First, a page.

I recently had the opportunity to conduct a phone interview with Rosa Cendejas, one of our top team members at the ECMHSP Fort Pierce Center in Florida. Keep reading to learn more about her professional growth since joining East Coast Migrant Head Start Project in 1997.
Could you tell me more about your background?
I migrated from Mexico to the United States in February of 1986 and worked picking oranges in Fort Pierce, Florida for six years. In 1997, I first heard of East Coast Migrant Head Start Project through a friend that was working at the Fort Pierce Center. I started work with ECMHSP in February of that same year as a Substitute Teacher. I learned that I would have to go back to school to meet the requirements of the position. Shortly after, I started classes to get my GED. This was a difficult experience since I didn’t know how to speak English. One of the happiest days of my life took place in August of 2012. I received my Associate’s in Science in Early Childhood Education. It was a challenge both professionally and personally. My busy schedule only allowed me to take one to two classes per semester, but thanks to the support of my family, I made it. Being a professional, mother, full-time wife, and a student wasn’t easy, but the satisfaction was even greater once I achieved my goals. I’m currently the Family Services Coordinator at the ECMHSP Fort Pierce Center.
What benefits have you received from ECMHSP?
What I appreciate the most is that they motivated me to continue getting an education. ECMHSP is full of opportunities; it depends on us whether we want to take advantage of them or not. Over the years, I had the opportunity to complete the Child Care Health Advocate Certificate in 2011 and the Family Services Credential in 2016. ECMHSP has also had a positive impact on my family.
I heard that two of your three children attended the ECMHSP Fort Pierce Center.
Yes, my sons Armando and Alejandro both attended the ECMHSP Fort Pierce Center as young children. In 2017, Armando was one of four former Head Start students selected to participate in an internship by the National Migrant and Seasonal Head Start Association in Washington, D.C. He was placed with the National Hispanic Caucus of State Legislators for almost two months. He even wrote a guest blog post about his experience. Armando, 22, is currently attending Indian River State College in Fort Pierce, Florida. I’m proud to say that he’s been working with me at the ECMHSP Fort Pierce Center as a Center Bus Caregiver since last year. I know that Armando has a bright future ahead.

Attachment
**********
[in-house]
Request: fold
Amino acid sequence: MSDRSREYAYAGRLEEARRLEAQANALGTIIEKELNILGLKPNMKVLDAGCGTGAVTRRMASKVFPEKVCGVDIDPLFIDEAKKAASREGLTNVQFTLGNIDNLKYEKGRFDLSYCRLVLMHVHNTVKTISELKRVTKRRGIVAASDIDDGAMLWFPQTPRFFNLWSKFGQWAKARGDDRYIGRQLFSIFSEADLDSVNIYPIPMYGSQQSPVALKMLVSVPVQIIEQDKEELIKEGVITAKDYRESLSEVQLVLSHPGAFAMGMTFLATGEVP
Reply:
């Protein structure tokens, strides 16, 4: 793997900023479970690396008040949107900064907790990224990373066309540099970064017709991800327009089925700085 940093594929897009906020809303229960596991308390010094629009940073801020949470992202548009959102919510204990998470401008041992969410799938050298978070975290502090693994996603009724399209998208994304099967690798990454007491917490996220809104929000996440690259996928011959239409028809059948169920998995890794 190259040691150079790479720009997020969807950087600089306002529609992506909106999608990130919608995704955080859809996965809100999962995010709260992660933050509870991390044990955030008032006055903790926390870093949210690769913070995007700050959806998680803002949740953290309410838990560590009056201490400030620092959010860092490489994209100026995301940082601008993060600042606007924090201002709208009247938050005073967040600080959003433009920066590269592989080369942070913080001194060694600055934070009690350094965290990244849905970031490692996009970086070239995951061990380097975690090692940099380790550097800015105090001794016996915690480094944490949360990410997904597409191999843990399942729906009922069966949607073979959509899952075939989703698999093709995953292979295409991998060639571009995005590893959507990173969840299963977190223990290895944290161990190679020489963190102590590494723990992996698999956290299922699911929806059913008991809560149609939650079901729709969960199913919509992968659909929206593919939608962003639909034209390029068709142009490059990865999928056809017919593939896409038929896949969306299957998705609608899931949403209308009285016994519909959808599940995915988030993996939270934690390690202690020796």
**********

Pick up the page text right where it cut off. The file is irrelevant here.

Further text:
What is the most exciting part of opening the center for the season?
I like to see the closeness of our team while preparing to open the center. They are not work colleagues but are part of your family. I like the feeling of serving our farmworker families. Many families don’t know how to read or write, so I become their voice.
At your center, what kind of agricultural work do the farmworker families do?
Our families work primarily with oranges and grapefruits. However, we also serve families that work at nurseries.
How do you maintain strong relationships with parents?
A lot of the new families feel uneasy at first. I’m good at reading and understanding body language, so I try to make them feel at home from the first moment.
Have you recently worked at any other centers?
During July and August of this year, I was asked to work at the ECMHSP Jennings Center as a Family Services Worker. This center is more than four hours away from my home in Fort Pierce, so I came back to visit my family every two weeks. My husband is very supportive of my career.
Thank you so much for allowing me to interview you, Rosa. Is there anything that you would like to add?
In the end, the sacrifices and everything I’ve done throughout my life has been worth it. Seeing the happiness of my family, parents, and the Fort Pierce community is priceless.
At ECMHSP, we look forward to sharing more success stories like Rosa’s. Make sure to check back next week for new blog posts.